“Humility, trust and surrender, all qualities of the Mother of Our Lord and so many saints before us, will lead us to hope, healing, and joy.” — Bishop Thomas A. Daly, Bishop of Spokane, Washington
After Archbishop Carlo Maria Vigano, the Apostolic Nuncio to the United States, had read Pope Francis’ Apostolic Mandate appointing Bishop Thomas A. Daly to be the seventh Bishop of Spokane, Daly received his new crozier and cathedra, and the cathedral, filled to capacity, erupted in spontaneous applause. Both the crozier and cathedra were used by the first bishop of Spokane, Augustine Schinner, whose episcopal motto was Pro Deo, “For God,” which is inscribed on the cathedra, the bishop’s chair of office.
In his first homily as Bishop of Spokane, Bishop Daly recounted St. Paul’s exhortation to the priests at Ephesus to “Keep watch over yourselves and over the whole flock which the Holy Spirit appointed you overseers” (Acts 20:28-38). He then discussed the role of priests, the importance of vocations to the priesthood, and alluded to Bishop Charles White, the second bishop of Spokane, who ended his last sermon before dying with a plea for prayer and penance. Prayer and penance. Reminding his new flock of the challenges of remaining faithful to the Church and its teachings in our era of secular materialism, Bishop Daly advised prayer and fasting as a remedy to the distractions of this age.
Daly identified the contemporary distraction with technology as one of the principal disruptions in our connection to Christ, and he spoke of the need for silence to facilitate a genuinely fruitful relationship with God. Echoing Pope Benedict XVI’s admonition that technology without God is dangerous, Daly exhorted those present at his installation Mass to listen for God’s voice in the silence that is increasingly difficult to find in our noisy society. On Easter Sunday of 2012, Pope Benedict asserted that, “If God and moral values, the difference between good and evil, remain in darkness, then all other ‘lights,’ that put such incredible technical feats within our reach, are not only progress but also dangers that put us and the world at risk.” Daly recommended Adoration of the Blessed Sacrament as a useful antidote to the diversions of modern technology, and praised the current renewal of Eucharistic Adoration among young Catholics.
In the first moments of the installation Mass, the Diocesan administrator, Fr. Michael Savalesky, spoke of the “Great Fire of 1889” in Spokane, when Spokane’s Catholics transported the remaining bricks of what had been destroyed to use for the construction of the new cathedral. Spokane’s Catholics have weathered several storms in its one-hundred-year history, and Bishop Daly’s devotion to Mary, like that of his predecessors, is a sign to many that Our Lady continues to watch over the Catholics of Eastern Washington State.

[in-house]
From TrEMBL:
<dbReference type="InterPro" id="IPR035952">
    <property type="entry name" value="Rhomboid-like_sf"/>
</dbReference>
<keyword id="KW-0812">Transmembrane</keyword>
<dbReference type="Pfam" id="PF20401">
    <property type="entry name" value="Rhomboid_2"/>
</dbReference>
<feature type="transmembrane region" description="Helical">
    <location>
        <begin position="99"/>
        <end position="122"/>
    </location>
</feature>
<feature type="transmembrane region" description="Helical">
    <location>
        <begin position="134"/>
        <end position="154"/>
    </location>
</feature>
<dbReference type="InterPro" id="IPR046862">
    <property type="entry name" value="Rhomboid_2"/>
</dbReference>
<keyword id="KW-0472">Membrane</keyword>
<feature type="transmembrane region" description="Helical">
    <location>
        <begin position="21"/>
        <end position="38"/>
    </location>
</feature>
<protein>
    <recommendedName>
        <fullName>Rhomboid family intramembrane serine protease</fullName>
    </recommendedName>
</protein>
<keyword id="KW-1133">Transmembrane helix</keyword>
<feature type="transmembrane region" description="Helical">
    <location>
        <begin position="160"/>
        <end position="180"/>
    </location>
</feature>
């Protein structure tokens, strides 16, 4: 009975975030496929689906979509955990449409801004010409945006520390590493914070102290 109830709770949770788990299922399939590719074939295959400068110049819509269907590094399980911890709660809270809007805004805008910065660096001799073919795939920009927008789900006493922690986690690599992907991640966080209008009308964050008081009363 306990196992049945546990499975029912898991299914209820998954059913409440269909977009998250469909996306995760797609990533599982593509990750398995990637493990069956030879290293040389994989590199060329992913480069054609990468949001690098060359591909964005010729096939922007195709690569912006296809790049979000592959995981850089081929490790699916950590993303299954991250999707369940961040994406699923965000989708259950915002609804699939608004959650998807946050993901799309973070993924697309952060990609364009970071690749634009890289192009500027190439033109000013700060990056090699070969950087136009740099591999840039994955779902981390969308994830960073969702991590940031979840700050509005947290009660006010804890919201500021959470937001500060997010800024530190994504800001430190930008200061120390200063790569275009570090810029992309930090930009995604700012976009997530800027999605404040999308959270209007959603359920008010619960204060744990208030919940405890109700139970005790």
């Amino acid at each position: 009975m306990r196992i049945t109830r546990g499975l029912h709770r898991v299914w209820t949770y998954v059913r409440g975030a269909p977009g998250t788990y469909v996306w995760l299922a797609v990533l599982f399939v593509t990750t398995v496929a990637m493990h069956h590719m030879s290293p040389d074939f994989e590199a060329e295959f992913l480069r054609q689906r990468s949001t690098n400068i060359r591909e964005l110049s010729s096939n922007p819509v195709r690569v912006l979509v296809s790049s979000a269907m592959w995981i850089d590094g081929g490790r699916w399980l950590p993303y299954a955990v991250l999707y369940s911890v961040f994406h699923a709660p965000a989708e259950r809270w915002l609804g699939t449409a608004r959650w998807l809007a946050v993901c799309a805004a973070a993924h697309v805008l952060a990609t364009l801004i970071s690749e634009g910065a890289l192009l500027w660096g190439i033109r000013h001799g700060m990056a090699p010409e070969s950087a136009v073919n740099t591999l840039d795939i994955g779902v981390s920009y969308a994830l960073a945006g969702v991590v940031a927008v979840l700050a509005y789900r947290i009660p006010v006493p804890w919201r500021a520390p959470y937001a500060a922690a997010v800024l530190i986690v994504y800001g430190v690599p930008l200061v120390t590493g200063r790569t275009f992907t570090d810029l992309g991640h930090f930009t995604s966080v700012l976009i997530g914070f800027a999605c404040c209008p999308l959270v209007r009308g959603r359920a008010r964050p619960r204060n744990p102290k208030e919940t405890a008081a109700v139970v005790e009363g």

After recalling that the Diocese of Spokane’s cathedral is the only cathedral dedicated to Our Lady of Lourdes, noting his devotion to Saint Vincent DePaul and the Miraculous Medal, and acknowledging his Lasallian education, Bishop Daly prompted those present at his installation to invoke the saints. “Our Lady of Lourdes, pray for us; Saint Vincent DePaul, Pray for us; Live Jesus in our hearts forever,” he prayed. Entrusting Eastern Washington’s Catholics to the patronage and intercession of Mary, Mother of the Church, Spokane’s new bishop left his cathedral in a grand procession of clergy and Knights of Columbus, with what appeared to be tears in his eyes. Spokane’s new pastor revealed himself to be a man of the Church, a man of the people of God, and more than anything a man committed to leading his flock toward a destiny far greater than what the world can offer—an eternity with Christ and his Mother in heaven.
After the evening prayer service, the night before his installation, attended by both Bishop Emeritus of Spokane, William Skylstad and now Chicago Archbishop Blase Cupich, Spokane’s previous bishop, I briefly met Bishop Daly. He was, as expected, surrounded with clergy, religious, and lay faithful hoping to shake hands with their new pastor. After introducing myself as “his archivist,” he smiled and said, “Oh, you’re the person who works with the Church in China.”
“Yes,” I said, “We’re all happy you’re here. Welcome to Spokane.” I was surprised that Bishop Daly knew who I was, but he appears to be a bishop who cares about people, because people are why the Church was established in the first place.
“Our Lady of Lourdes, pray for us; Saint Vincent DePaul, Pray for us; Live Jesus in our hearts forever.”
Related on CWR: “Bishop Daly prepares to take the helm in Spokane”: An interview with Jim Graves (April 21, 2015)
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